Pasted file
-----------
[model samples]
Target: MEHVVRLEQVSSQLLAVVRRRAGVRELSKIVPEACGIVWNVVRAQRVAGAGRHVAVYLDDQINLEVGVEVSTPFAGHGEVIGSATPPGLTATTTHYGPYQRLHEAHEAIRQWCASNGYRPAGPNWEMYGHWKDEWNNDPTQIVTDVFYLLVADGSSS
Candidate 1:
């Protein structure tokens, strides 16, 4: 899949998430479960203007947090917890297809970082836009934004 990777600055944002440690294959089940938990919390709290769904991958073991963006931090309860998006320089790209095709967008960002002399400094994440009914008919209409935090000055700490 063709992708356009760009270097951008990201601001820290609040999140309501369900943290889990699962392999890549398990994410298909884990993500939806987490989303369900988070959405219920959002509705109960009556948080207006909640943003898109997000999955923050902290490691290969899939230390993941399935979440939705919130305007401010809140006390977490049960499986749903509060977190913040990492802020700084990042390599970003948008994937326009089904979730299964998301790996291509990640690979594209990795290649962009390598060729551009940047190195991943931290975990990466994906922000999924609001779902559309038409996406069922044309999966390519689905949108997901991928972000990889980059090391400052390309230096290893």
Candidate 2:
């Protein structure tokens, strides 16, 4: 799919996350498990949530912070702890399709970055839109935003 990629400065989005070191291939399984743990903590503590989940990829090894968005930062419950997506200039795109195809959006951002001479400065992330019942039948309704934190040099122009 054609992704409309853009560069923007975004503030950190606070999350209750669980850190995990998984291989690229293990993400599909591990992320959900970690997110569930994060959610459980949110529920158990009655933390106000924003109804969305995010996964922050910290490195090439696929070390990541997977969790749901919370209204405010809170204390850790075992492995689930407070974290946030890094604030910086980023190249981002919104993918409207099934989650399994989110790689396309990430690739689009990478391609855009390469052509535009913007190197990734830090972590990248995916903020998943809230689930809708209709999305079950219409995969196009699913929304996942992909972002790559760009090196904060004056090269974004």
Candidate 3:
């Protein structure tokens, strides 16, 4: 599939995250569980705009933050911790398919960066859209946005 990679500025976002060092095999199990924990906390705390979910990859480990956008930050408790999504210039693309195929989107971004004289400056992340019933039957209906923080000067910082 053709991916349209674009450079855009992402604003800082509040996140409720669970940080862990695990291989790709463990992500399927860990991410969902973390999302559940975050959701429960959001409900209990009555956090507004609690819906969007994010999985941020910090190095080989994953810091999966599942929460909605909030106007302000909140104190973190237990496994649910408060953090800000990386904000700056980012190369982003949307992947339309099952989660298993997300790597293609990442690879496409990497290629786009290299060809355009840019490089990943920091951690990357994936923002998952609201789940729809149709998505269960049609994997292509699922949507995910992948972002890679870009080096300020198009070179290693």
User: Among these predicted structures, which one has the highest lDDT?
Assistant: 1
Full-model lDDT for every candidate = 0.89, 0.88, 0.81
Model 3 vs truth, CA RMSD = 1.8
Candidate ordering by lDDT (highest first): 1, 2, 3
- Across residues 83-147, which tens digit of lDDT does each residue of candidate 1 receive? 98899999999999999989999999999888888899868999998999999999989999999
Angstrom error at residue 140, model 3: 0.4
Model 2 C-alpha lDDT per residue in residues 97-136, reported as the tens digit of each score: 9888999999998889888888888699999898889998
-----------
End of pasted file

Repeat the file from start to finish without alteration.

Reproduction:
[model samples]
Target: MEHVVRLEQVSSQLLAVVRRRAGVRELSKIVPEACGIVWNVVRAQRVAGAGRHVAVYLDDQINLEVGVEVSTPFAGHGEVIGSATPPGLTATTTHYGPYQRLHEAHEAIRQWCASNGYRPAGPNWEMYGHWKDEWNNDPTQIVTDVFYLLVADGSSS
Candidate 1:
């Protein structure tokens, strides 16, 4: 899949998430479960203007947090917890297809970082836009934004 990777600055944002440690294959089940938990919390709290769904991958073991963006931090309860998006320089790209095709967008960002002399400094994440009914008919209409935090000055700490 063709992708356009760009270097951008990201601001820290609040999140309501369900943290889990699962392999890549398990994410298909884990993500939806987490989303369900988070959405219920959002509705109960009556948080207006909640943003898109997000999955923050902290490691290969899939230390993941399935979440939705919130305007401010809140006390977490049960499986749903509060977190913040990492802020700084990042390599970003948008994937326009089904979730299964998301790996291509990640690979594209990795290649962009390598060729551009940047190195991943931290975990990466994906922000999924609001779902559309038409996406069922044309999966390519689905949108997901991928972000990889980059090391400052390309230096290893």
Candidate 2:
């Protein structure tokens, strides 16, 4: 799919996350498990949530912070702890399709970055839109935003 990629400065989005070191291939399984743990903590503590989940990829090894968005930062419950997506200039795109195809959006951002001479400065992330019942039948309704934190040099122009 054609992704409309853009560069923007975004503030950190606070999350209750669980850190995990998984291989690229293990993400599909591990992320959900970690997110569930994060959610459980949110529920158990009655933390106000924003109804969305995010996964922050910290490195090439696929070390990541997977969790749901919370209204405010809170204390850790075992492995689930407070974290946030890094604030910086980023190249981002919104993918409207099934989650399994989110790689396309990430690739689009990478391609855009390469052509535009913007190197990734830090972590990248995916903020998943809230689930809708209709999305079950219409995969196009699913929304996942992909972002790559760009090196904060004056090269974004």
Candidate 3:
């Protein structure tokens, strides 16, 4: 599939995250569980705009933050911790398919960066859209946005 990679500025976002060092095999199990924990906390705390979910990859480990956008930050408790999504210039693309195929989107971004004289400056992340019933039957209906923080000067910082 053709991916349209674009450079855009992402604003800082509040996140409720669970940080862990695990291989790709463990992500399927860990991410969902973390999302559940975050959701429960959001409900209990009555956090507004609690819906969007994010999985941020910090190095080989994953810091999966599942929460909605909030106007302000909140104190973190237990496994649910408060953090800000990386904000700056980012190369982003949307992947339309099952989660298993997300790597293609990442690879496409990497290629786009290299060809355009840019490089990943920091951690990357994936923002998952609201789940729809149709998505269960049609994997292509699922949507995910992948972002890679870009080096300020198009070179290693």
User: Among these predicted structures, which one has the highest lDDT?
Assistant: 1
Full-model lDDT for every candidate = 0.89, 0.88, 0.81
Model 3 vs truth, CA RMSD = 1.8
Candidate ordering by lDDT (highest first): 1, 2, 3
- Across residues 83-147, which tens digit of lDDT does each residue of candidate 1 receive? 98899999999999999989999999999888888899868999998999999999989999999
Angstrom error at residue 140, model 3: 0.4
Model 2 C-alpha lDDT per residue in residues 97-136, reported as the tens digit of each score: 9888999999998889888888888699999898889998